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Thread: Jury Duty hmmmm

  1. #1
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    I have been selected for jury duty. Yea. Wonder how district court in Burien feels about OC? I guessI will soon find out.

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    Please do not forget to post your experience.

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    irfner
    Read up on "Jury Nullification" and don't mention it to the judge/ lawyers during the trial. It's as important as the 2nd Amendment. It gives a jury recourse to nullifysome situations where someone may be"legally guilty" as far as the law goes butnot morally guilty cause we all would of done the same thing if we were in the person's shoes who is on trial.Like self defence , home defence situations, speeding down the road to getsomeone having a heart attack to the hospital. rj

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    Yea maybe Icould be on wo7rolla's jury.

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    Regular Member FMCDH's Avatar
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    irfner wrote:
    Yea maybe Icould be on wo7rolla's jury.
    Doubt you would make it through the jury selection process. First wind that you were pro-gun, they would dismiss you so fast your head would spin.

    He could sure use a friendly "peer" if it comes to trial however.

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    They will have a lock box for you to put in it in while you are in the courthouse. OC/CC doesn't matter.

    It is a King Co district court, court security is King Co. Sheriff Deputy. They know the drill, shouldn't be any problems.

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    Regular Member FMCDH's Avatar
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    911Boss wrote:
    They will have a lock box for you to put in it in while you are in the courthouse. OC/CC doesn't matter.

    It is a King Co district court, court security is King Co. Sheriff Deputy. They know the drill, shouldn't be any problems.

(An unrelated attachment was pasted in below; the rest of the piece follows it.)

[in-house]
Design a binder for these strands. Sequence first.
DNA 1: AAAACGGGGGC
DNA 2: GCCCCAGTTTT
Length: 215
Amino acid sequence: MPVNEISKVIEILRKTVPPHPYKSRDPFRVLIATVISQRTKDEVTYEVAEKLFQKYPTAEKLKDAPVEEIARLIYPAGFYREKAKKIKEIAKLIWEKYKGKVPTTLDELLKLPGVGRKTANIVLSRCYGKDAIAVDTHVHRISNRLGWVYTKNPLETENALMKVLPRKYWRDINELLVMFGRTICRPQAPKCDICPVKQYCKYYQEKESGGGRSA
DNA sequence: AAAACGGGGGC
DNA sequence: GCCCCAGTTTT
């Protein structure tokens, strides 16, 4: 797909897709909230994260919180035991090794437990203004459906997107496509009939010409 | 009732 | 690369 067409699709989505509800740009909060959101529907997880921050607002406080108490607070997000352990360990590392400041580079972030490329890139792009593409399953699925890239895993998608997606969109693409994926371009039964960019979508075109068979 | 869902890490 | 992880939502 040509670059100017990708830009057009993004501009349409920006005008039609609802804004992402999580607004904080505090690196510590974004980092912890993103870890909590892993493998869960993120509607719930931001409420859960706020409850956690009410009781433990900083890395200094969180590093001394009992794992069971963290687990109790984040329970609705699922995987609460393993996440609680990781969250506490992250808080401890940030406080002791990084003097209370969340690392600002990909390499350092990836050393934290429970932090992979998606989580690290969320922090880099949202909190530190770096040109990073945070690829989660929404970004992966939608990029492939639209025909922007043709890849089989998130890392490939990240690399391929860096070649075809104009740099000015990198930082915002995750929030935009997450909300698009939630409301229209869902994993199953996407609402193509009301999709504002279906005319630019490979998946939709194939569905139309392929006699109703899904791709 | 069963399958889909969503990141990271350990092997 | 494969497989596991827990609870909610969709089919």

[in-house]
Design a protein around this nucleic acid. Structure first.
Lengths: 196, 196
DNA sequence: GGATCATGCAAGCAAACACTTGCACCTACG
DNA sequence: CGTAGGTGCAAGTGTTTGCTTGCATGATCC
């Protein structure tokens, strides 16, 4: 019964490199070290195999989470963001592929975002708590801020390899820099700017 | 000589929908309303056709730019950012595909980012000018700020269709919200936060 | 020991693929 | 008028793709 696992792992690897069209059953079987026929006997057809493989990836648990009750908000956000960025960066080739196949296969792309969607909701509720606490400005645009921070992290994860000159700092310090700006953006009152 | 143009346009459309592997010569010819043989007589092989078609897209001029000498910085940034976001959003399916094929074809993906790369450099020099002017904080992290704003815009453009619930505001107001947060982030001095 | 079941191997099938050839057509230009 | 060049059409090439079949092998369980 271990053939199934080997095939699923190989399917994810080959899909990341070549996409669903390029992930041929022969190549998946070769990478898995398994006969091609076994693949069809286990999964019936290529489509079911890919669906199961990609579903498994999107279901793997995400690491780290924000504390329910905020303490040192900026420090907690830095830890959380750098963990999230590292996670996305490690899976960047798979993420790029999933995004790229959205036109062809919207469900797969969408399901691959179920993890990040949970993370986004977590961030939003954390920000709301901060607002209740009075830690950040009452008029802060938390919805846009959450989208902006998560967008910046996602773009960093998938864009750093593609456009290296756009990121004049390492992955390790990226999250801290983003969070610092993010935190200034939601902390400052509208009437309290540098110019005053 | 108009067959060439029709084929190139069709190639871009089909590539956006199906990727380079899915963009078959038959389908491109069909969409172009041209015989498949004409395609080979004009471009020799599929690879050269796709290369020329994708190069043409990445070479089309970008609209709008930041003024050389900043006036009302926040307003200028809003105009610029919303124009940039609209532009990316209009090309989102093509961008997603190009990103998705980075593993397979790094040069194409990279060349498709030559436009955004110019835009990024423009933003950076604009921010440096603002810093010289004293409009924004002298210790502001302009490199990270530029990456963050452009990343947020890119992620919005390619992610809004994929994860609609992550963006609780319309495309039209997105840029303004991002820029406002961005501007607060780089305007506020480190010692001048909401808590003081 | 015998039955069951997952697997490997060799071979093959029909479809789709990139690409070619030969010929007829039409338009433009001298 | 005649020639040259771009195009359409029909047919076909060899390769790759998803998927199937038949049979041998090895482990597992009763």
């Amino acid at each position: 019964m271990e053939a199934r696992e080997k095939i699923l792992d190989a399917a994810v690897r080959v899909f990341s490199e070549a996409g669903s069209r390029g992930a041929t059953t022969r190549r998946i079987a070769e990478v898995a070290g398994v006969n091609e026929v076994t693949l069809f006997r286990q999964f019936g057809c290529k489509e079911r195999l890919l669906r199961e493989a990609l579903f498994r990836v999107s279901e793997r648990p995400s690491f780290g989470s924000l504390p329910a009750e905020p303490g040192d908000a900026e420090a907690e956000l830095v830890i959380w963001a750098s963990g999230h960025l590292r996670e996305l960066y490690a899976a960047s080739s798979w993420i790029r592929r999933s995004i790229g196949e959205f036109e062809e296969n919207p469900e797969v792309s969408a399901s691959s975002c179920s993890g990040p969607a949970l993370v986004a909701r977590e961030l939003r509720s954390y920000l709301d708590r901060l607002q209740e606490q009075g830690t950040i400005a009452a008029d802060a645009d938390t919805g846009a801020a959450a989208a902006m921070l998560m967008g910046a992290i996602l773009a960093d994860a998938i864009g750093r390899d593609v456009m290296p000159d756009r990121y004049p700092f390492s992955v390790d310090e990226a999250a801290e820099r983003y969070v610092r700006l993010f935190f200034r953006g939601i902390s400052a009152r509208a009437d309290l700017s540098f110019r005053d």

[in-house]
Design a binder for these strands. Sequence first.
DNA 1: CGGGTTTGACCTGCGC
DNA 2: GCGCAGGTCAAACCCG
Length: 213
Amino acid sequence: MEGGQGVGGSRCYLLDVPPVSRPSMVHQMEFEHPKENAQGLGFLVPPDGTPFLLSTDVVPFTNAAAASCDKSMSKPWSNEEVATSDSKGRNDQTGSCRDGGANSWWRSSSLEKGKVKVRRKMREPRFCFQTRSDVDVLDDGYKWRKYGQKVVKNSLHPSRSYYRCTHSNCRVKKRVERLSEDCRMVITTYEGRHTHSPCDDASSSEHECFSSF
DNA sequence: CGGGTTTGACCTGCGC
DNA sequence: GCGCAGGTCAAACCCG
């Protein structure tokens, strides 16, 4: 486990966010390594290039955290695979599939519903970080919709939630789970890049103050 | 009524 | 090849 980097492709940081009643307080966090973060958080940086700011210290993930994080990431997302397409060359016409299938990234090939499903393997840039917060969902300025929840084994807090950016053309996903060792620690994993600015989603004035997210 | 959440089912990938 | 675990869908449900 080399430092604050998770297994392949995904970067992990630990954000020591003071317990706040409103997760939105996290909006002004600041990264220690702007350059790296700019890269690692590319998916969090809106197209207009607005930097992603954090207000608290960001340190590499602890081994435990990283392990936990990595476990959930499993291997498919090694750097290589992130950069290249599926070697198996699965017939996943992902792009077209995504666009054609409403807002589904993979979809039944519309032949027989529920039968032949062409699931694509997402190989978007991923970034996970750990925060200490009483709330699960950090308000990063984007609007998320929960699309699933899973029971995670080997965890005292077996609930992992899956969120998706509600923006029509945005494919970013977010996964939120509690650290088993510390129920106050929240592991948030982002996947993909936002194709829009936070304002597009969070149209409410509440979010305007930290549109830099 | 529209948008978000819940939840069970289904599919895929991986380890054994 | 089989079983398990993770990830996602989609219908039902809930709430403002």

Actually they don't know the drill quite that well. They are still insisting (at least the officer I met) that you MUST have a CPL. I will see if I can find the officers name. This was a few weeks ago when I went to get my fingerprint card for my Florida CWL done.

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    Which location?

    Yes, get the Deputy's name, then ask to speak with a supervisor.

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    Regular Member FMCDH's Avatar
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    911Boss wrote:
    Which location?

    Yes, get the Deputy's name, then ask to speak with a supervisor.
    Down town, 3rd street entrance.

    You would also want to factor in about 30 extra minutes for "layover time" as they are in non too much of a hurry to get you to the lock box room about 150 feet down the hall, and back through security.

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    FMCDH wrote:
    911Boss wrote:
    Which location?

    Yes, get the Deputy's name, then ask to speak with a supervisor.
    Down town, 3rd street entrance.

    You would also want to factor in about 30 extra minutes for "layover time" as they are in non too much of a hurry to get you to the lock box room about 150 feet down the hall, and back through security.
    Still, It's nice to know that the downtown Seattle courthouse has lock boxes. Last time I was there I kept my firearm in my car, because I didn't feel like sticking it in one of those plastic baggies that they used for my pepper spray.

    I just figured they used the plastic baggies for everything.

    Did they require you to present your ID?

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    Regular Member FMCDH's Avatar
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    diesel556 wrote:
    Still, It's nice to know that the downtown Seattle courthouse has lock boxes. Last time I was there I kept my firearm in my car, because I didn't feel like sticking it in one of those plastic baggies that they used for my pepper spray.

    I just figured they used the plastic baggies for everything.